My husband and I hid our fears and brokenness, painted brave faces and started to build a new life more than 2500 miles away. I instantly gutted my parents’ only wish - to give their grandchildren love (and cavities). The kind of self-sacrificing love whose language is spoken through homegrown gifts of citrus and plantains from the earth. Discreet runs to the mini-mart for snacks and juice boxes before my kids were returned to their sender (I’d usually find crumpled snack wrappers tumbling in the washing machine).


After two years of planning and wicked pangs of anxiety from the pandemic, we stood in the situation room with four one-way tickets to Toronto Pearson. The timer was set. For hours, my husband and I shouted, sometimes storming out until we did it. We culled a lifetime of material things into 400 pounds of luggage bound for Air Canada. I hated it all. The way we gave each item five seconds to plead its case before making quick-tempered decisions - keep, give away, or dump. It all felt real when the dials of the last TSA lock slid into place.


Our flight and arrival checks were exhausting. Of the many things I remembered, I would never forget the nurse who held a thin, long cotton swab and swirled it inside our six-year-old son’s left nostril. I cringed thinking whether she’d find icky globs of snot - the same ones I found smeared on walls around the house.


For the first 24 hours of living in Canada, our family slogged on with eight suitcases crammed with clothes, documents, and fright. We finally arrived at our Airbnb in Kitchener. My husband and I bundled our two kids inside, stashed our suitcases and immigrant fears under the bed, and half-slept that night.


Two days after settling in, I made the trek to Central Market on King Street for three cans of red beans, some cilantro, and a bag of brown rice. I stepped out in the sub-zero cold with a secret. In more than 20 years, I hadn’t ventured out alone in the dark. Ever.

I passed through the Mt. Hope Cemetery at around 6:30pm. I stopped, tilted my head skyward and stared. The scene was disorienting yet inviting. Towering trees with nimble squirrels darting across the branches. They paused from their giddy play, curious about the pint-sized person watching them. I was enveloped by peaceful graves lined up in tidy rows. Alone, only with stories of the deceased lying in the soil.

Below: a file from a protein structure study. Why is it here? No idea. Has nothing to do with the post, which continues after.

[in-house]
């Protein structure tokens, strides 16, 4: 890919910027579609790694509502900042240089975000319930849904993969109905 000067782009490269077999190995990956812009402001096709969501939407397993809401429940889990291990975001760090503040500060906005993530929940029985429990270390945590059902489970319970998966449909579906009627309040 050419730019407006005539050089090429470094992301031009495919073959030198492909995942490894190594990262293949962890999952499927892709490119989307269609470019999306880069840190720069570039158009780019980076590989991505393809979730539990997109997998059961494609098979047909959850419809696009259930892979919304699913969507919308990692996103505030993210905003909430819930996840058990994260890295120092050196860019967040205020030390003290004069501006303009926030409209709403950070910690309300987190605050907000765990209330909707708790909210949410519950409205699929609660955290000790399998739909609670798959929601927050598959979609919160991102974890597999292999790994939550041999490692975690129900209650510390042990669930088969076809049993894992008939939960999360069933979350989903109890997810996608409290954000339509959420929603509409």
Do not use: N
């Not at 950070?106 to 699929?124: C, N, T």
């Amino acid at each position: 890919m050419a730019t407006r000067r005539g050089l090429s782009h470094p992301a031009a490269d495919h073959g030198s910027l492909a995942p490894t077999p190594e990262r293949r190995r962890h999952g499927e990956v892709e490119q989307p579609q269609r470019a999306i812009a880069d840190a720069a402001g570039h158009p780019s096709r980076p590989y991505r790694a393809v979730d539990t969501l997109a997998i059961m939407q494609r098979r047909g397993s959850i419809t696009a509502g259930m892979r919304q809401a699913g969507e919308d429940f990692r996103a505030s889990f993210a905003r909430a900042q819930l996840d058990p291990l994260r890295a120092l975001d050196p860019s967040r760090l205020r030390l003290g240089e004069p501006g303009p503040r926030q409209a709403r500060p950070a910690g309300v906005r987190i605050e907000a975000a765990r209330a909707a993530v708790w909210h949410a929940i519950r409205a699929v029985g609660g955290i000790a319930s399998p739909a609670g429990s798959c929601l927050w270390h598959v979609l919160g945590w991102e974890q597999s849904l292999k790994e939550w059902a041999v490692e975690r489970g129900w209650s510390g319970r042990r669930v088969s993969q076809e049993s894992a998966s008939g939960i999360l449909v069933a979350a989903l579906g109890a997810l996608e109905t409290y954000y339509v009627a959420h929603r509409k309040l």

I couldn’t tell whether fear was escaping through my pores. Or if my soul had snapped into two halves – one half wanting to sprint back to the Airbnb and cower behind locked doors, the other desperate to revel in the dark. Whatever it was, I started to cry. I walked back to the Airbnb with tears dripping down my clammy cheeks.


From a distance my husband opened the door. He sensed that my cold hands couldn’t grip the handle.


He asked, “so how did it feel?”


A month flew by. We moved to our apartment in Huron Village with views of the Trillium Trail. I started most mornings with soul-cleansing walks around Huron, quickly becoming lost in the natural world. The layers of fear were starting to loosen their grip. My spirit was slowly pulsing back to life. With these new outings came fleeting waves of guilt; guilt because I felt safer. Guilt because I had no more fight left in me and quietly exited the place that moulded me and birthed my dreams. Guilt because relationships and milestone events felt 'reduced' to brief WhatsApp calls on the weekend. 


But then I started rediscovering trust. Trusting the police. Trusting institutions. Trusting that I could call this place home.


The adventure continues…

Photos of us enjoying the great outdoors. I'm learning to allow my children to explore and trust our environment. Grateful for these new adventures.)

(One of my biggest accomplishments since moving to Canada has been going for solo walks. Here's a sign that I used to walk past every morning along the Williamsburg Cemetery in Huron Village, Kitchener.)